Perhaps the most challenging thing for most of us to understand is simple, and if you examine it directly, the most obvious fact is that there is no such thing as a solid, separate, stable entity that I can call "myself."
Nouns (labels like writer, teacher, doctor, lawyer, man, woman),
proper nouns (my name, your name),
personal pronouns (I, me, mine, myself)...
Coupled with mental images of your face or body at various ages,
morphed together with multiple role models' faces or bodies,
and anchored by muscular contractions and other sensations...
Work collectively to create a fictitious mental version
of 'me' and 'my life.'
It may be convincing on the surface, and there may be the security and comfort of habitual perception. Still, if you investigate carefully and directly, you will find nothing but insubstantial memory and fantasy edited by motive and attitude.
Nowhere in any of that is there a real, verifiable "you" or "me."
Before agreeing or disagreeing,
before proceeding any further,
take a few moments to check this out for yourself in earnest.
Otherwise, the process of truth,
the discovery of what is real,
is trivialized and reduced to true believerism,
a subtle contempt before investigation.
If you assume, "I already know that," no honest investigation or discovery can occur.
So if you have the boldness,
the courage and integrity to check it out for yourself,
you discover that everything you think about yourself
(as well as other people, the world, life, and the universe)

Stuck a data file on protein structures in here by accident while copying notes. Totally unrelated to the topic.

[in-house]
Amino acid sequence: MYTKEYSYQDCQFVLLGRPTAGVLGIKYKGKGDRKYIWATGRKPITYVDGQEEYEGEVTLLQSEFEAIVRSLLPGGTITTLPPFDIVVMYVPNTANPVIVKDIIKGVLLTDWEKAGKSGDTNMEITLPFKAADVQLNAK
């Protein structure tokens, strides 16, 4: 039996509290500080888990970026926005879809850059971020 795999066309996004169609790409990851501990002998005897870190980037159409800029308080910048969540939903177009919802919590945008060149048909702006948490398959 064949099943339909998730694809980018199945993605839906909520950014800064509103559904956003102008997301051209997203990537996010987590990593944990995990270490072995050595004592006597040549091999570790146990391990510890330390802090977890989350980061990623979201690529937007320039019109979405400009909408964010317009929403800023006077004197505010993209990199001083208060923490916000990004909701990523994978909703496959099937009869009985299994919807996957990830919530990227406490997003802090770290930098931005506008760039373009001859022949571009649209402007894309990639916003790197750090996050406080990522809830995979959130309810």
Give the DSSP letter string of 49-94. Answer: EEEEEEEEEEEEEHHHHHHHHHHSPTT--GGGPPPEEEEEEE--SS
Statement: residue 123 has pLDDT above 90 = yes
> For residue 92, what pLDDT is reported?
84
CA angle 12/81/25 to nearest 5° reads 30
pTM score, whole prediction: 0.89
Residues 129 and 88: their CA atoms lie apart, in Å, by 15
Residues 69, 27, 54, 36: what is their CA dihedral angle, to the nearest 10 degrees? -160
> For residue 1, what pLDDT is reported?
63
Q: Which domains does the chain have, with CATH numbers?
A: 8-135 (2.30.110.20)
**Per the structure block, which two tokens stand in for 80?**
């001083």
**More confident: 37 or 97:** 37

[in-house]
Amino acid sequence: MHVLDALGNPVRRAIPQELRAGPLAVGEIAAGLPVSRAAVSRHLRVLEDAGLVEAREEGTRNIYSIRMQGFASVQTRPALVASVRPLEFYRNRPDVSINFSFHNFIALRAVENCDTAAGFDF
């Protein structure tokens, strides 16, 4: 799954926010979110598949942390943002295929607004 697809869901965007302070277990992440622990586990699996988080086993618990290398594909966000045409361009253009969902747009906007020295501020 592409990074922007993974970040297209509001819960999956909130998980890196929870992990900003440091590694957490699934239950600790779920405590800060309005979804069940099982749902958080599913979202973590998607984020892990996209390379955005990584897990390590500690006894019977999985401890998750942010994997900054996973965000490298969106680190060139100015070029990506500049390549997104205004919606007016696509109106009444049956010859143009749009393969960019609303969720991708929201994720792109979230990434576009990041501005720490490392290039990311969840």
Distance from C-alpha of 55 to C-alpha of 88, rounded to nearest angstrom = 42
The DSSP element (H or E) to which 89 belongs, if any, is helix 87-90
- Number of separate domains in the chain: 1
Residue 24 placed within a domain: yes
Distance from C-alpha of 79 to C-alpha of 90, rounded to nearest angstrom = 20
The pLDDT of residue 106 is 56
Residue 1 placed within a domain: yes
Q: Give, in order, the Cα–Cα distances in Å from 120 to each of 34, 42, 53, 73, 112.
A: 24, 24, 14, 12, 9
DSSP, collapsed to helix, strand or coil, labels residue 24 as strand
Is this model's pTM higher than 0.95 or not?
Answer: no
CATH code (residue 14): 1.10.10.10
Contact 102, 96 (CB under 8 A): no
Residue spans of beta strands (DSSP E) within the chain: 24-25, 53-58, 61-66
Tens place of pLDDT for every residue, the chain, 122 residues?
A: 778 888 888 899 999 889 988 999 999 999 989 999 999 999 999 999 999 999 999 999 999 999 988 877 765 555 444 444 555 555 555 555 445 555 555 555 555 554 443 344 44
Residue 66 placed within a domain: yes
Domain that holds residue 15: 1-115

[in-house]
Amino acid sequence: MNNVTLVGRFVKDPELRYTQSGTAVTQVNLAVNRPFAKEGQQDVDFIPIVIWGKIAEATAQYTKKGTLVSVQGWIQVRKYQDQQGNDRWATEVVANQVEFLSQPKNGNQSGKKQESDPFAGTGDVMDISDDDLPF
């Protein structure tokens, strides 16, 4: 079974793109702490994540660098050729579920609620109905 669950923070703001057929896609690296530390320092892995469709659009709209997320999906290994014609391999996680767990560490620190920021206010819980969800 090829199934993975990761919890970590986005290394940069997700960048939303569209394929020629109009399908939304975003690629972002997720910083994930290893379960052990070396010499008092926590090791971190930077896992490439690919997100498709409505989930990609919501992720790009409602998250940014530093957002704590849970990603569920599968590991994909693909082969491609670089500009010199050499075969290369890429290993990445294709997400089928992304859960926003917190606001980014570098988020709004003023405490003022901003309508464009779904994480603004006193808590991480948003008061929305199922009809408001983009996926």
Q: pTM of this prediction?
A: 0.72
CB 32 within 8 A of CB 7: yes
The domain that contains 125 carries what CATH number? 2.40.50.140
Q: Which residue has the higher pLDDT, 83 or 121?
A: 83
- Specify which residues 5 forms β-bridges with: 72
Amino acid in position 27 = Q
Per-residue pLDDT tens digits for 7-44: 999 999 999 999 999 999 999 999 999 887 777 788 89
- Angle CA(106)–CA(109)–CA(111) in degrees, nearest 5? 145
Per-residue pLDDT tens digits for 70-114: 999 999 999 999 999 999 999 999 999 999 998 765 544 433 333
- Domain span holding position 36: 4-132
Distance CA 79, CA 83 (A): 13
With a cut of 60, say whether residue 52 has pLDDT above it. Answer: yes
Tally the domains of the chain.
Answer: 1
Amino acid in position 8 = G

is neither accurate nor reliable.
It is only the play of fragmented memory, and as such, it is minimal.
It is shockingly dishonest and appallingly narrow,
shaped by what we like and dislike,
what we want and don't want.
It is hard to escape the obvious conclusion that all of the self-images and concepts we so take for granted have no reality.
So, now what? If there is no separate you and no separate me, then what is left?
Everything is left. Look around.
In the absence of mental and emotional editing,
there is nothing but awareness and everything that arises in it.
Everything you can see, hear, smell, taste, feel, think, and otherwise experience.
There is nothing but this,
this whole, infinite,
So what is your purpose in all of this?
What is life?
That, clearly, is up to you.
For most, it is a life of habitual self-deception, gossip, pettiness, cruelty, self-centeredness, self-loathing, fear, worry, stress, anger, sorrow, and loneliness, sometimes whitewashed with ideological optimism, or further darkened with ego defense mechanisms of cynicism and tragic storylines that merely perpetuate, complicate, and deepen the torment.
For you, and I, and anyone who has the willingness to truly explore, however, any number of other possibilities exist at this very moment.
What if none of it ultimately makes any difference whatsoever?
What if there were no inherent purpose to life?
What if it were entirely up to you?
A game (basketball, tennis, soccer, football, golf)
or a dance performance (ballet, modern, African Jazz, Brazilian)
or a theatrical presentation ultimately doesn't make any difference.
Yet think of the players, musicians, dancers, or performers who have moved you and inspired you in the deepest, most beautiful, and subtle ways: It didn't really make any difference, yet they gave themselves, without reservation, to the game or the dance or the performance.
What if you were to let your life be a work of art and creativity, an expression of beauty, passion, tenderness, and wonder, an unconditional flow of affection and compassion and kindness, a sharing of joy, happiness, and peace, a perfect reflection of understanding and wisdom? Isn't that what you love about your physical, artistic, and spiritual heroes and heroines?
What if it were entirely up to you, this very instant?
Suddenly, it makes all the difference in the world.
The False Idea of Who You Are
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